Missionaries and Mercenaries

June 12, 2021 by Ted Seides

Alex Rodriguez described selecting investment partners as searching for missionaries and not mercenaries. His partner on the Minnesota Timberwolves purchase and VCP Fund, Mark Lorie, used the same expression on Guy Raz’s How I Built This to describe how he felt after selling Jet.com to Walmart (a missionary) and diapers.com to Amazon (a mercenary).

That got me thinking about how to uncover the difference between missionaries and mercenaries among investment managers. In a few situations, it’s fairly easy.

  • Missionary. David Swensen was the ultimate missionary. An evangelist for his espoused investment principles and an unwavering belief in the importance of managing capital to serve non-profits.
  • Mercenary. Many players are in it to make money for themselves and exit. With that incentive, they look for ways to bend the rules in their favor. The examples through time become debris after blow-ups, from Metallgesellschaft AG in the commodities markets in 1993 to the Bear Stearns mortgage funds in 2008.

More often, however, the distinction is nuanced.

  • Missionary individual vs. missionary team. Some investment organizations are led by a missionary, but the entire team may not fall in line.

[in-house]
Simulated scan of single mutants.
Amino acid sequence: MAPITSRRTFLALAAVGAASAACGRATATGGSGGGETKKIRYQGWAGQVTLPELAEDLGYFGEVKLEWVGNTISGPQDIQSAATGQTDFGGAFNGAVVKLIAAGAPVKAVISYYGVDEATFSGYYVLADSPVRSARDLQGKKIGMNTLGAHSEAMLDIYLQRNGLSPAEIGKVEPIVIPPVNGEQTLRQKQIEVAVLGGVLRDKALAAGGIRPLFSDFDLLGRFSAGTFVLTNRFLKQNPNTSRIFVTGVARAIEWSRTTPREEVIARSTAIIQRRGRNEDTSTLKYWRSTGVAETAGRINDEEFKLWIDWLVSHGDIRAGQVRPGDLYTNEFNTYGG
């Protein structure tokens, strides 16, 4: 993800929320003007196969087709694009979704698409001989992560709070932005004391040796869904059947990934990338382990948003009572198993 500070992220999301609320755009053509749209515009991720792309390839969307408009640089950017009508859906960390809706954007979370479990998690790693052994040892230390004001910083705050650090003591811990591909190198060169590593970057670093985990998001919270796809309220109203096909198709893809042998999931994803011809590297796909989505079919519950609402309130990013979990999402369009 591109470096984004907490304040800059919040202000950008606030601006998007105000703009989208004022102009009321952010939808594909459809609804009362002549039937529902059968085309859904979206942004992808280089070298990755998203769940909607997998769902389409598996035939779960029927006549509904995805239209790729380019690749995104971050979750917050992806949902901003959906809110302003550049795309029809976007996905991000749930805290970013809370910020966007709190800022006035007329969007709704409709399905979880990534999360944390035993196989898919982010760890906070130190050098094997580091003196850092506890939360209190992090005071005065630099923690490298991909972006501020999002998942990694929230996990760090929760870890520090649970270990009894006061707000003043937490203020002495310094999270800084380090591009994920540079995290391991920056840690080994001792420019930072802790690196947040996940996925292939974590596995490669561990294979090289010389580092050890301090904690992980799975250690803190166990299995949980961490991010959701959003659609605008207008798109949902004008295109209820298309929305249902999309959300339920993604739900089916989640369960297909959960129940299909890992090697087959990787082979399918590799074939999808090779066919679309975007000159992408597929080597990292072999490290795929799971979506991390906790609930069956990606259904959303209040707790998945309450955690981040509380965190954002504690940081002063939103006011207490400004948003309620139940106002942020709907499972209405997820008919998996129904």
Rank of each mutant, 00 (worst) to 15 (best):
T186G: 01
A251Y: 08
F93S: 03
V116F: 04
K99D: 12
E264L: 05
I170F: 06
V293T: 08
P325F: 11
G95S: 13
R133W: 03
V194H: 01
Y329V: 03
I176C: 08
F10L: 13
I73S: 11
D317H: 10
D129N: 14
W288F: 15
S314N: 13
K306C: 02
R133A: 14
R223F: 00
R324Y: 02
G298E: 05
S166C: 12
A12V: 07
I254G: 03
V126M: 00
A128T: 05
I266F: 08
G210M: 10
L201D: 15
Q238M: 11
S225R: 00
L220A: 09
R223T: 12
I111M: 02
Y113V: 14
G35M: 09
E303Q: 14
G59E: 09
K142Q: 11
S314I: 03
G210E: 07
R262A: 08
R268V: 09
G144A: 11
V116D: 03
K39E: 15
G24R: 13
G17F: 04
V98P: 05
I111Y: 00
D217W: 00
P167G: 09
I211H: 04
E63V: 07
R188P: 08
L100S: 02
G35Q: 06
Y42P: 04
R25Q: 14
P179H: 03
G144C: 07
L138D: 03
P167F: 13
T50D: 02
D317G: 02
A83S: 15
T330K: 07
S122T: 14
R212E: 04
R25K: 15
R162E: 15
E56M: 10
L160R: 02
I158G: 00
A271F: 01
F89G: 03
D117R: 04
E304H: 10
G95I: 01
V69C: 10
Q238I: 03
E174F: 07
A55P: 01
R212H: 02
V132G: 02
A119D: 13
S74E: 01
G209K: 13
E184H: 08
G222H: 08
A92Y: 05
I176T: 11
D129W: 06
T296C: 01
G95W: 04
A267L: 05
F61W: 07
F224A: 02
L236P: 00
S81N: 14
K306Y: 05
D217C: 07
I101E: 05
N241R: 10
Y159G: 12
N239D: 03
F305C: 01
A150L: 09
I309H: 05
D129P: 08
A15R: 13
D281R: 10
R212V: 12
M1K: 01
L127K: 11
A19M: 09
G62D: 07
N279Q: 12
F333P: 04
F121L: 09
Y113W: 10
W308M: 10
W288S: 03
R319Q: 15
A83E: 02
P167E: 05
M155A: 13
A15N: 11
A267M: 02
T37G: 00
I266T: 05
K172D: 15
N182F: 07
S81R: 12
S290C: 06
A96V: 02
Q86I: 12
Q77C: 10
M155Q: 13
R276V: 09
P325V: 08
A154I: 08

• Well-aligned mercenaries. While reasonable to expect a fair amount of mercenary activity in money management, proper alignment between the manager and client can mitigate some of the issues mercenary behavior creates.
  • Missionaries who become mercenaries. Missionaries may not be not steadfast over time. As I described the difference between missionaries and mercenaries with my wife, she shared a story of a hairstylist who used to be a missionary but became a mercenary. Once positive, bubbly, and taking pride in her work, the stylist now complains relentlessly and does a half-ass job. Similarly, asset managers may evolve. The young and hungry missionary may fade in into working for the money.
  • Mercenaries who become missionaries. Alex loved baseball from the time he was a kid, but his mistakes caught up with him and may cost him the Hall of Fame. He now discusses the importance of the quality of people around him and exudes a passion for business that is far beyond profit. Investment managers may begin with dollar signs in their eyes and evolve to an appreciation and love of the work as the most important reward.

The more I thought about this concept, the more intrigued I’ve become. I look back at my career and see periods of time when I was on each end of the seesaw.  For now, I feel the excitement of being a missionary and am looking forward to aligning with more of them in our upcoming investment vehicle.